For Reel


The Ghost Ship (1943)
February 24, 2015, 9:01 pm
Filed under: Reviews | Tags: , ,

Director: Mark Robson
4 Stars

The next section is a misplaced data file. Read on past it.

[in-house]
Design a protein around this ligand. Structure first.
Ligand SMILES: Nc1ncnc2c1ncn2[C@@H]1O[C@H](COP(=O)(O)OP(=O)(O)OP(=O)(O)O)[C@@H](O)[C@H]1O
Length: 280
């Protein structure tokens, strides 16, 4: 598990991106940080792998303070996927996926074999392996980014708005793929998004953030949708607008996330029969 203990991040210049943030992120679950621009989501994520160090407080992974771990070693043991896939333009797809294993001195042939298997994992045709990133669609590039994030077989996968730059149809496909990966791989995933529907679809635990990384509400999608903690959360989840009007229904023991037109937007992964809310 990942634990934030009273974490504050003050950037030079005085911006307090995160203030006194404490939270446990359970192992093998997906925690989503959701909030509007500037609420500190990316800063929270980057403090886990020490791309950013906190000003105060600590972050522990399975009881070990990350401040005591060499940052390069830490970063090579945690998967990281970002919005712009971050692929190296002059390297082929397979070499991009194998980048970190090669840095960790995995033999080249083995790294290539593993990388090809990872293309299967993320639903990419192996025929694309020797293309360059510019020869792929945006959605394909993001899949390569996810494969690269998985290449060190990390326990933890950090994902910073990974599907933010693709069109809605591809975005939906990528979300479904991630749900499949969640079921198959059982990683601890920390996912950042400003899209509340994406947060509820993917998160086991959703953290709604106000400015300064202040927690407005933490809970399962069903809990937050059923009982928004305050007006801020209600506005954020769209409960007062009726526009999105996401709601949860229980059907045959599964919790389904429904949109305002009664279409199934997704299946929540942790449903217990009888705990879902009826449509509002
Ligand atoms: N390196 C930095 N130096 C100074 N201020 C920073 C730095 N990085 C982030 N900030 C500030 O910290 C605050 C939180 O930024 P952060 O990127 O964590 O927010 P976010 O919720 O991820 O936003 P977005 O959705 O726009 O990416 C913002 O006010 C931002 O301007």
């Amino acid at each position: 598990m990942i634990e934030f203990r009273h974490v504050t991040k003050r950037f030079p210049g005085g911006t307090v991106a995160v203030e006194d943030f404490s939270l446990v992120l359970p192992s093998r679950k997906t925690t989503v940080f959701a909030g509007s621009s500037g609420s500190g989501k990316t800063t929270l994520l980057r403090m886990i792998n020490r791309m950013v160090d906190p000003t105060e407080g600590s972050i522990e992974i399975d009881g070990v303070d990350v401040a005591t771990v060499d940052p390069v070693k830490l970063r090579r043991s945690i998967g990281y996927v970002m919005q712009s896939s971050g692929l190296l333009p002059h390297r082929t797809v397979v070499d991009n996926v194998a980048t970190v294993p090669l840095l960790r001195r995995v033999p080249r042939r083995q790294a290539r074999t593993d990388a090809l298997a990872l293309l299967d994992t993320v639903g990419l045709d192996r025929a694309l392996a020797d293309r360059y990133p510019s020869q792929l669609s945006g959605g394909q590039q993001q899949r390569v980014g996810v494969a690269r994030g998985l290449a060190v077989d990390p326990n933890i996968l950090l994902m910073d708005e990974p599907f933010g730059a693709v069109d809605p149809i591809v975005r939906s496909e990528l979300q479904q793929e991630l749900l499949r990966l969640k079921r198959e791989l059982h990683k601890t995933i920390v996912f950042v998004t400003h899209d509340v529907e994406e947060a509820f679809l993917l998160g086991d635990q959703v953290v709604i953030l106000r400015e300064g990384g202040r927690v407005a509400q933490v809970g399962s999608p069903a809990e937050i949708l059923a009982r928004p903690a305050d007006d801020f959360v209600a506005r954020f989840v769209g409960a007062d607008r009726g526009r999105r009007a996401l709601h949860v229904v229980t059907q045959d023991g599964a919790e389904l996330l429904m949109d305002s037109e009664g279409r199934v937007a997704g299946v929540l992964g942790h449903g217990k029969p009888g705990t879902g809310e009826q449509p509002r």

The Ghost ShipRichard Dix’s career was in the downswing by the time he made The Ghost Ship in 1943. Although he was an enormously successful silent star and even had a fairly graceful transition into talkies (his career highpoint was an Academy Award nomination for Cimarron), he had become mostly relegated to B-pictures and serials by the early 1940s. One of his very best roles is in this Val Lewton produced horror picture in which he plays a sea captain who is going mad. He utilizes his stoic, calm demeanor to great effect in the earliest sequences, but by the end transitions into a convincing portrayal of madness. A great example of the quality of suspense in Lewton pictures occurs in a terrific sequence in which Russell Wade, suspecting that Dix is on his way to murder him, spends a sleepless night trying to rig an alarm system in his room. Director Mark Robson brilliantly plays with sound and the absence of it–things become more frightening when the sound is gone and there is nothing to be seen. When Wade emerges from his cabin to observe a door just outside of his room, the door takes on a threatening quality of its own, looming at the end of the hallway and obscuring the horrors lurking behind. It’s minimalist suspense at its finest.

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